Rocket Lab launches first flight from Virginia’s Eastern Shore

Rocket Lab launches first flight from Virginia’s Eastern Shore

Rocket Lab launches first flight from Virginia’s Eastern Shore

A Rocket Lab Electron booster blasted off from Virginia’s Eastern Shore on Tuesday, propelling three radio mapping satellites into orbit in the company’s first launch from U.S. soil. It was the first commercial rocket to use autonomous self-destruct software developed by NASA, designed to reduce costs while ensuring public safety.

“This flight just doesn’t symbolize another launch pad for Rocket Lab,” said company founder Peter Beck. “It supports a new capability for the nation. It’s a new AFTS (automated flight termination) system coming online for industry. And it’s a new missile to Virginia and the Wallops Flight.”

Delayed a month due to weather and holiday scheduling, the 60-foot-tall Electron launched with a burst of fiery exhaust at 6 p.m. EST and quickly launched from the Mid-Atlantic Regional Spaceport (MARS), on NASA’s Wallops Island. , Virginia, flying facility.

A Rocket Lab electron booster powered by 3D-printed engines roars away from the Mid-Atlantic Regional Spaceport at NASA's Wallops Island Flight Facility, Virginia, carrying three Hawkeye 360 ​​radio mapping satellites. It was Rocket Lab's first launch from U.S. soil since 32 flights from the company's launch complex in New Zealand.  / Credit: Rocket Lab

A Rocket Lab electron booster powered by 3D-printed engines roars away from the Mid-Atlantic Regional Spaceport at NASA’s Wallops Island Flight Facility, Virginia, carrying three Hawkeye 360 ​​radio mapping satellites. It was Rocket Lab’s first launch from U.S. soil since 32 flights from the company’s launch complex in New Zealand. / Credit: Rocket Lab

All missiles launched by the US are required to carry self-destruct systems capable of quickly destroying a booster off course before any debris reaches a populated area. In previous US launches, military personnel, using tracking radar and other systems, were ready to transmit self-destruct signals if needed.

But SpaceX now uses a company-developed automatic self-destruct system designed specifically for Falcon 9 rockets that requires far fewer people to operate. Electron is the first to use NASA software, which does much the same thing, but can be configured for any rocket.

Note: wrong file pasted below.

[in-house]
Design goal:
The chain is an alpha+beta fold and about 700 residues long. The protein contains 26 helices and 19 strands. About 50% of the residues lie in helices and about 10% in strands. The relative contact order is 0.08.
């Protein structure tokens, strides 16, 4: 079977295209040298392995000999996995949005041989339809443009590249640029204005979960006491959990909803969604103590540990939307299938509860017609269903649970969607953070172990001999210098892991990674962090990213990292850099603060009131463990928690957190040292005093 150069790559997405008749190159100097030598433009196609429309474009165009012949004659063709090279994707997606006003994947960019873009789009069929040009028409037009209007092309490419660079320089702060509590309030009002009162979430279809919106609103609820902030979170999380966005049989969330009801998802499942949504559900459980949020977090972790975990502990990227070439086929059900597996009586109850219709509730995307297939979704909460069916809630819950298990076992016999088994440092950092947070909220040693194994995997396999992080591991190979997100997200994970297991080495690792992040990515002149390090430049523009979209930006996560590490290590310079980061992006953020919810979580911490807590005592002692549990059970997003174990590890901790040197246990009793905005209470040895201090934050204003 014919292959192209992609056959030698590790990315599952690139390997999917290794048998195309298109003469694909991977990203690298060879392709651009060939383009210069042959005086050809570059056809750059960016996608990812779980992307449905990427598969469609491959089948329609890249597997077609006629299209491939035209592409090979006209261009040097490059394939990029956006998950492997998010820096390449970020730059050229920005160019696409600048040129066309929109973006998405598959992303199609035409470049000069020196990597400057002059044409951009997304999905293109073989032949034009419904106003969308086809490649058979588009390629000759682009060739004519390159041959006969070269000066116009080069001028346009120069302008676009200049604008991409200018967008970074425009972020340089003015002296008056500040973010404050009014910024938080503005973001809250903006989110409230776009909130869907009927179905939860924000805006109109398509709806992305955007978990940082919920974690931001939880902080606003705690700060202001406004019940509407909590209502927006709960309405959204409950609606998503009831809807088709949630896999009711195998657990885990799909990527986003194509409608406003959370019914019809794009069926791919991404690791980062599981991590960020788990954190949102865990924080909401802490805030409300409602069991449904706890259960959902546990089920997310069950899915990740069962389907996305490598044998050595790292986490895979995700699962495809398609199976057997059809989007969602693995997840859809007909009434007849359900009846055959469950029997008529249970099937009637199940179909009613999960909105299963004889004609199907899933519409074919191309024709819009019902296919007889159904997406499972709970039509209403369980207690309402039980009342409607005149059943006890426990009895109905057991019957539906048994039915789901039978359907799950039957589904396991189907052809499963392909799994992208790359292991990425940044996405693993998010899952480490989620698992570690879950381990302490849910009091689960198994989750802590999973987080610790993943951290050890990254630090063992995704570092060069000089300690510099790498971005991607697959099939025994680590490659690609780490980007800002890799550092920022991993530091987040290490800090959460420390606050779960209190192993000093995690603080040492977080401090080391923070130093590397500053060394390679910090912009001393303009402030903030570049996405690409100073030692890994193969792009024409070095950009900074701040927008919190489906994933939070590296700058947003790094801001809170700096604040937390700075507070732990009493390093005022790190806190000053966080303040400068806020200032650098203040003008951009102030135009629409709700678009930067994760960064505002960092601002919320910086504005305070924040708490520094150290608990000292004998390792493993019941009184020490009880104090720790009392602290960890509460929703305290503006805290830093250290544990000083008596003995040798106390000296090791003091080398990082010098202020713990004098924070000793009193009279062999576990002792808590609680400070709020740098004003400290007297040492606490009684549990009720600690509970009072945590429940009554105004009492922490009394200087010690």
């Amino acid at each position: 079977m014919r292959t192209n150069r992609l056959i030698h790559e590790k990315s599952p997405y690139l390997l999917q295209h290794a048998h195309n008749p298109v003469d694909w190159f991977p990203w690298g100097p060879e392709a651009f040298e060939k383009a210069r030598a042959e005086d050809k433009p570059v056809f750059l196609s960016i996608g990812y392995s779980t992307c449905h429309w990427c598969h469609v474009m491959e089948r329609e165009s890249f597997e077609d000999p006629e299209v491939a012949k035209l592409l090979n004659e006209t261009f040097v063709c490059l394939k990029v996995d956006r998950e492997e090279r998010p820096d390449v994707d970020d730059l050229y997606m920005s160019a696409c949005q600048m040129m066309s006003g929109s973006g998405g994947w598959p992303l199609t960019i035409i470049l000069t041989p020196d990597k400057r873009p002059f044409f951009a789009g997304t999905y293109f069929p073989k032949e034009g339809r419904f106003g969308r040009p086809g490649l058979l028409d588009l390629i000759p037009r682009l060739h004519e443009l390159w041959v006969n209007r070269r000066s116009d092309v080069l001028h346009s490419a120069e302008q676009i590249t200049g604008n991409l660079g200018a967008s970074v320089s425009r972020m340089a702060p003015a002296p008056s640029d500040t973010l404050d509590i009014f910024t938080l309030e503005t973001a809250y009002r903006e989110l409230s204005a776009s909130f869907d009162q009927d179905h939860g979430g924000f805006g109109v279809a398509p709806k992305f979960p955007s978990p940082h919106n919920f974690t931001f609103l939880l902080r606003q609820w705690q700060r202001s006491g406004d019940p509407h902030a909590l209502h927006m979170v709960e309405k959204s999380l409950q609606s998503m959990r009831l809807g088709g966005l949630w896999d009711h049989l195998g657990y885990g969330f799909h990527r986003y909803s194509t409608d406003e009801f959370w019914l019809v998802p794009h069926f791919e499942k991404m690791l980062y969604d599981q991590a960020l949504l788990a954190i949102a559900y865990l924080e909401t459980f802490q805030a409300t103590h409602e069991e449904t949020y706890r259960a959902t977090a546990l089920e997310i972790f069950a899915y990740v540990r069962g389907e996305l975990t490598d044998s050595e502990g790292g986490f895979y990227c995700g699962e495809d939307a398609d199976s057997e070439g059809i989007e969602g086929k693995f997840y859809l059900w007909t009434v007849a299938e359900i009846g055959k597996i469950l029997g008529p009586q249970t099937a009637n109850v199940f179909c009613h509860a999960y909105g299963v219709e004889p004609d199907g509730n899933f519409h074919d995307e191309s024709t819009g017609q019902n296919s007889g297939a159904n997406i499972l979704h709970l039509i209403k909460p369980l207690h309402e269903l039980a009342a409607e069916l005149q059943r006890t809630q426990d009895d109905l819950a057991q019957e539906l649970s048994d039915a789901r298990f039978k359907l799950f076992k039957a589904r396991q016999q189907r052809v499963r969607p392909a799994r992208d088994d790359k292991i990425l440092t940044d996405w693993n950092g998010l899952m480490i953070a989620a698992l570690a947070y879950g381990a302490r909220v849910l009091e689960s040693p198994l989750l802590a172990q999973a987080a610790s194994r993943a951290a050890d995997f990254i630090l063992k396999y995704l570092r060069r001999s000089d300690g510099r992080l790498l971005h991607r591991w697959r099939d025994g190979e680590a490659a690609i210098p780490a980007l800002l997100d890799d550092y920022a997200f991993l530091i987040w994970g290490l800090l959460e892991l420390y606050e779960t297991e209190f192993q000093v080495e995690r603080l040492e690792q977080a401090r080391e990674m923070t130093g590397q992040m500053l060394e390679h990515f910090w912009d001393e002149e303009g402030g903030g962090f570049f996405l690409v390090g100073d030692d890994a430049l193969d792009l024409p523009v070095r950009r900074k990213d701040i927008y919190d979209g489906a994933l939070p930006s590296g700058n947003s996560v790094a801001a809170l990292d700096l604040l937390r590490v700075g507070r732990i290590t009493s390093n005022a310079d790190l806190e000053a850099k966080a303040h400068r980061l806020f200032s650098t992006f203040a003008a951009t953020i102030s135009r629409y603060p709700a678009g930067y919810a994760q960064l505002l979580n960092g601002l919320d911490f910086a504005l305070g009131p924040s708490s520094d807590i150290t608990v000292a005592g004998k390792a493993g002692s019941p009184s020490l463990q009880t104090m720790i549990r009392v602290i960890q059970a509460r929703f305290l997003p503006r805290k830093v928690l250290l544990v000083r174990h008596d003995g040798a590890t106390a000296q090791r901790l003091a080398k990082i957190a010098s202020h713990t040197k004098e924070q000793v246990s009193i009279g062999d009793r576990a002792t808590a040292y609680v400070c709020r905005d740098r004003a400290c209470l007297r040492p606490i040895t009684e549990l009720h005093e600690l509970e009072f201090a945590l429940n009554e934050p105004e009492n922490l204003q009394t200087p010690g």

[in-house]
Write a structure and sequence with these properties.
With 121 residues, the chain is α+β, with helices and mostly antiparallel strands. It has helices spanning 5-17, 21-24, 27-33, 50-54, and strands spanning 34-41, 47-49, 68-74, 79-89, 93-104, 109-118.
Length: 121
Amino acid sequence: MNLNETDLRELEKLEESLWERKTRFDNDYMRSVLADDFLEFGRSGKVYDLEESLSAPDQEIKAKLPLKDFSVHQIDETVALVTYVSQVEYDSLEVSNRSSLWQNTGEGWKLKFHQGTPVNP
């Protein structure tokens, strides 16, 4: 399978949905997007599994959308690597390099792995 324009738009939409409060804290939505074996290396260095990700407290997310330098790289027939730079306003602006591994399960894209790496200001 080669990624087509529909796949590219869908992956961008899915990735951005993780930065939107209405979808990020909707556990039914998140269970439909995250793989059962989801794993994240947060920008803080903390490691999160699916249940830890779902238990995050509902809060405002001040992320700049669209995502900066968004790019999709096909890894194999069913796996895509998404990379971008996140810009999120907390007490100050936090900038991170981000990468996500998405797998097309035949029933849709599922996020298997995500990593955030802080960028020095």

“Autonomous flight termination technology reduces the need for some ground elements and personnel, ultimately leading to cost savings,” said David Pierce, director of the Wallops Flight Facility.

“To date, 18 companies have requested the software through NASA’s technology transfer process,” Pierce added. “Rocket Lab was among the first applicants for the software to enable launch from Wallops. It was a big milestone.”

After the Electron was boosted from the lower atmosphere, the nine Rutherford engines at the base of the first stage shut down, and the single engine powering the second stage took over for the next seven minutes.

At that point, a third “kick” stage carrying three HawkEye 360 ​​radio mapping satellites separated to fly alone. After a scheduled firing of the kick stage engine about an hour after liftoff, the satellites were expected to be released into a 341-mile-high orbit.

HawkEye 360 ​​satellites are launched in groups of three. They are designed to scan the sky to search for and map radio transmissions from the ground, air and space, data useful to military, law enforcement and other civilian and commercial users.

Heading into Tuesday’s flight, Rocket Lab had launched 152 small satellites in 29 successful launches from two electronic pads at New Zealand. The company plans to launch Electrons on a regular basis from Wallops and is developing a larger, fully reusable rocket called Neutron that will be integrated and launched from Virginia.

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